Cotton was defending his stance on ending Deferred Action for Childhood Arrivals (DACA), a program initiated by Executive Order of the previous President, allowing children brought here by their parents at an early age, to remain in this country, despite entering without authorization. Many of them fled conditions of poverty and violence, mainly in the countries of Central America. For the children, this is the only country they’ve known. This is now their home.

On this Holy Innocents Day, many of us will go about our daily routines in relative safety, without fear of violence, war, hunger or oppression. We will most likely give little thought to those who find themselves in those situations.

On this Holy Innocents Day, I invite you to take a moment to ponder their plight. Pray that God will keep them out of harm’s way.

On this Holy Innocents Day, I also invite you to act. A letter, email or phone call encouraging your legislator and those in Washington who make policy, encouraging them to search their hearts and open the doors of this great nation, to welcome the stranger – without fear, but with compassion.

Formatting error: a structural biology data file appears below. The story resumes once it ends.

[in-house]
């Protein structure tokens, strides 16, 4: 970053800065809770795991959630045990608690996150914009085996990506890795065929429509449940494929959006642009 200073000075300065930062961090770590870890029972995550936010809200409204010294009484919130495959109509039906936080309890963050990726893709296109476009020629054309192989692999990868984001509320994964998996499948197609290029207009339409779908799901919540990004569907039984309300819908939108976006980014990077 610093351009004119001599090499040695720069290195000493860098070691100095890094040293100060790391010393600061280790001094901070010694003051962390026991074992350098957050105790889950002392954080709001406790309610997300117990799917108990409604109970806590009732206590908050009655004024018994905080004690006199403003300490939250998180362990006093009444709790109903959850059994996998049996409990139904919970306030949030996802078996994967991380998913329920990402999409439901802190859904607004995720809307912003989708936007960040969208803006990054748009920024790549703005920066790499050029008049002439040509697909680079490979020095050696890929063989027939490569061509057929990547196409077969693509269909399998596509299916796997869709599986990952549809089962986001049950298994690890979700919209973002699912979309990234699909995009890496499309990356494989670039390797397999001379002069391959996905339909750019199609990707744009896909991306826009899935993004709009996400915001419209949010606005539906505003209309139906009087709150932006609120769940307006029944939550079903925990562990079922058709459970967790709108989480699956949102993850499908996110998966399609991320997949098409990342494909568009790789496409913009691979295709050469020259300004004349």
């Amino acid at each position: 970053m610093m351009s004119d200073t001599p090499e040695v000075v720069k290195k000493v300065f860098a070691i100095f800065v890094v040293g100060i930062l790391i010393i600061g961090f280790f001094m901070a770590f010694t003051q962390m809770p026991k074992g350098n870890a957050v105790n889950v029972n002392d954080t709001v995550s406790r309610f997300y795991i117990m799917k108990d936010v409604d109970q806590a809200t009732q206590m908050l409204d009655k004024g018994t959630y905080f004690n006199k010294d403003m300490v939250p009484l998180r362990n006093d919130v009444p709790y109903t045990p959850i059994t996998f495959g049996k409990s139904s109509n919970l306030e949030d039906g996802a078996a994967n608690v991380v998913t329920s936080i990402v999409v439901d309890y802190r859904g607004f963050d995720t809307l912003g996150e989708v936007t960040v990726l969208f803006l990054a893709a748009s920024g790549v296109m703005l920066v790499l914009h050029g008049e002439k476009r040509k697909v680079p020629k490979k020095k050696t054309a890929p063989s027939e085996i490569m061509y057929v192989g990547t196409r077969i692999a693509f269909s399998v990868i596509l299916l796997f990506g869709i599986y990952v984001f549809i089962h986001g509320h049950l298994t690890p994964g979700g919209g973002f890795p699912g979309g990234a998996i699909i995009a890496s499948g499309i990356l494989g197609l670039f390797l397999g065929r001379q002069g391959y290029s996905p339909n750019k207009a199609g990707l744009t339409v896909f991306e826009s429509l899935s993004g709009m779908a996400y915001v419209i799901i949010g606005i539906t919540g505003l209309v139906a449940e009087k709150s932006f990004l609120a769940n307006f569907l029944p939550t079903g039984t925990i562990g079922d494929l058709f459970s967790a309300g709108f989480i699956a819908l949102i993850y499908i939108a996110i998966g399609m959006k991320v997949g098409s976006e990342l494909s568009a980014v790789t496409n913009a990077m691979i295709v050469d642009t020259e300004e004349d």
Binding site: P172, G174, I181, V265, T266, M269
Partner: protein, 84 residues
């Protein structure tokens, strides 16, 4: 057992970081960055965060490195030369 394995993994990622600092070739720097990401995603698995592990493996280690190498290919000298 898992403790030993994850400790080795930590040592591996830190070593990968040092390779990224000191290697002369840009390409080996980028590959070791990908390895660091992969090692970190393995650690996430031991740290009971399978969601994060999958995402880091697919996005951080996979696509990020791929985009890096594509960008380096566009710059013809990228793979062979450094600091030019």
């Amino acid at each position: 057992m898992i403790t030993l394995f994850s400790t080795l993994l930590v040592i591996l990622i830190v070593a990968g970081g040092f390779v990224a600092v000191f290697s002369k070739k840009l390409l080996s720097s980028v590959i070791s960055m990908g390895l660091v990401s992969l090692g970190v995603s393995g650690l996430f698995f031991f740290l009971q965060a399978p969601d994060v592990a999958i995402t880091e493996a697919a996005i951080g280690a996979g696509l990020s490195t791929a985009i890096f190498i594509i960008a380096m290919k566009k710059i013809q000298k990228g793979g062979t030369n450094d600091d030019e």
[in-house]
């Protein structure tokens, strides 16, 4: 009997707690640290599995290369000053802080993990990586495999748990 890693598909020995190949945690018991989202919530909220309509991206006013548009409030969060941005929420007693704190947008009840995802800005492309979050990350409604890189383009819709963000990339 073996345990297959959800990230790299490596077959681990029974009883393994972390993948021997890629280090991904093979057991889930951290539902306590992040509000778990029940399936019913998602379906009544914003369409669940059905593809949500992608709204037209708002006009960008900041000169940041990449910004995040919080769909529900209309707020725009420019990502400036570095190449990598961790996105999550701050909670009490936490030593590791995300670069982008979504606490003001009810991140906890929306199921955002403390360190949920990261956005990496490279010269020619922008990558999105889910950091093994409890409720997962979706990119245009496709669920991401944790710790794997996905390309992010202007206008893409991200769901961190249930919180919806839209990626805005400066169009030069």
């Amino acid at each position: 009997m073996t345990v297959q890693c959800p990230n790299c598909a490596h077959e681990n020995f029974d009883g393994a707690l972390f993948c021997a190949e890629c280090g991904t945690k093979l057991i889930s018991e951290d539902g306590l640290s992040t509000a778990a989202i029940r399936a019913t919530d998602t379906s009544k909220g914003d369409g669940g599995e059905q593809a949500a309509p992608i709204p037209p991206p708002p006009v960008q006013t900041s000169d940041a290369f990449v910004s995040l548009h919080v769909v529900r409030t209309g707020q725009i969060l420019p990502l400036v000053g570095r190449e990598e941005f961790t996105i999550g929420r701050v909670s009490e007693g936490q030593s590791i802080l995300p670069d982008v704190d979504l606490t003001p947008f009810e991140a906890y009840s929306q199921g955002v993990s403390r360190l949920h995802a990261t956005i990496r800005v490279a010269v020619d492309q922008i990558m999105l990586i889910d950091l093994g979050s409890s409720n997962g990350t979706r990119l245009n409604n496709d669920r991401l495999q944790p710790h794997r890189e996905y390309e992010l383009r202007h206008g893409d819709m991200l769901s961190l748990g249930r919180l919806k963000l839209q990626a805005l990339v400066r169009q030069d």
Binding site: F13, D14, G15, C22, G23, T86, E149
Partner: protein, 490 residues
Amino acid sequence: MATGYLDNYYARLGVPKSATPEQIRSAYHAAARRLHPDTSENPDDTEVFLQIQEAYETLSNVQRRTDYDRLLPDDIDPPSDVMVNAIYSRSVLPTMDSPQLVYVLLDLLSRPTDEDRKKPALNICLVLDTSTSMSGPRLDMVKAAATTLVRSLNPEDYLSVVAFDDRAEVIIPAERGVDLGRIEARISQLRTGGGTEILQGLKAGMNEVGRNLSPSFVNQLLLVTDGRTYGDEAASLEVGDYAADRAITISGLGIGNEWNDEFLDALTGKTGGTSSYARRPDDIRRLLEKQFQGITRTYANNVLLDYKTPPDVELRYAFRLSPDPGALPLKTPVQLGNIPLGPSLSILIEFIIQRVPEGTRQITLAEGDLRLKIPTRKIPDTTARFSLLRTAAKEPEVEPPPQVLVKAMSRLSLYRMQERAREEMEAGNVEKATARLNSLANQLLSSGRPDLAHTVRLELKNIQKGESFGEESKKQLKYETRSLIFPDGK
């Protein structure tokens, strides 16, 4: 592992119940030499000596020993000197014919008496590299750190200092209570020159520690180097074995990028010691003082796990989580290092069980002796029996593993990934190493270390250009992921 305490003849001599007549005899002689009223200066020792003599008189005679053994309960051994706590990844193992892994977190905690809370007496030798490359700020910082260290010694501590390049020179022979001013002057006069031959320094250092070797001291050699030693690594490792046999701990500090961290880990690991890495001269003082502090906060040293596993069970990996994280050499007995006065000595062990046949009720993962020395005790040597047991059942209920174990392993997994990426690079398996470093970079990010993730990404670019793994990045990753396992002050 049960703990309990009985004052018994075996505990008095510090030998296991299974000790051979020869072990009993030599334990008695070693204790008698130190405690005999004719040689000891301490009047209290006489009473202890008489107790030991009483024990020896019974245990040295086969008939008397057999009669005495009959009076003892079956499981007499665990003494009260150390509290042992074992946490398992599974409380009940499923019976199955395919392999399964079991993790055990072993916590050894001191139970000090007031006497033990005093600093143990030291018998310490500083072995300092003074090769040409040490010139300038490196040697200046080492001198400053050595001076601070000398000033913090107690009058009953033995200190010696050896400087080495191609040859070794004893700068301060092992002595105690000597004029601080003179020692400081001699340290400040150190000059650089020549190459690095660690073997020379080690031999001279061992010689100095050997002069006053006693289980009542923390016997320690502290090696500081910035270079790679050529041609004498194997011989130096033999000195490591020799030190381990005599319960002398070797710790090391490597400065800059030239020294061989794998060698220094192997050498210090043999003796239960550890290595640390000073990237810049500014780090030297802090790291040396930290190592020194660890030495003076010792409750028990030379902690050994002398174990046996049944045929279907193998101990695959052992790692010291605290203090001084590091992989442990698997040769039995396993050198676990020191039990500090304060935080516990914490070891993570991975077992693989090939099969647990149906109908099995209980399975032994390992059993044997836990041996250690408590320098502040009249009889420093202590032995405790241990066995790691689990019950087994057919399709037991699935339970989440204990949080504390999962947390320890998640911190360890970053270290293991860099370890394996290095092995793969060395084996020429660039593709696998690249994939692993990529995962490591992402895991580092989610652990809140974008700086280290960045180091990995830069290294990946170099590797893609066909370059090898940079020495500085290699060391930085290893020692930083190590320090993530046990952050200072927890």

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NOVEMBER 20, 2017

I do not cease to give thanks for you as I remember you in my prayers.

[Ephesians 1:16]

The readings for Christ the King Sunday, or the final Sunday of the church year, are as follows:

·   Ezekiel 34:11-16, 20-24

·   Psalm 95:1-7a

·   Ephesians 1:15-23

·   Matthew 25:31-46

This Thursday, many of us will celebrate Thanksgiving with family and, or friends. Though it’s not a religious holiday, the Revised Common Lectionary has a set of readings for the day, which are listed below.

·   Deuteronomy 8:7-18

·   Psalm 65

·   2 Corinthians 9:6-15

·   Luke 17:11-19

Just about every church around celebrates Thanksgiving with some form of service, either as a single congregation or in community with others.

Giving thanks has faith as its base.

The introductory scripture verse at the top of today’s reflection is taken from our second reading for Sunday, in which the apostle Paul expresses his gratitude for the people of God in the church at Ephesus. Paul often opened his letters with words of thanksgiving.

One of the names we call Holy Communion is the Eucharist. That word comes from the Greek eucharisto, which means “thank you.” Jesus gave thanks to God the Father at the Last Supper and we, too, give thanks every time we receive the body and blood of Jesus in the bread that is broken and wine that is poured at communion.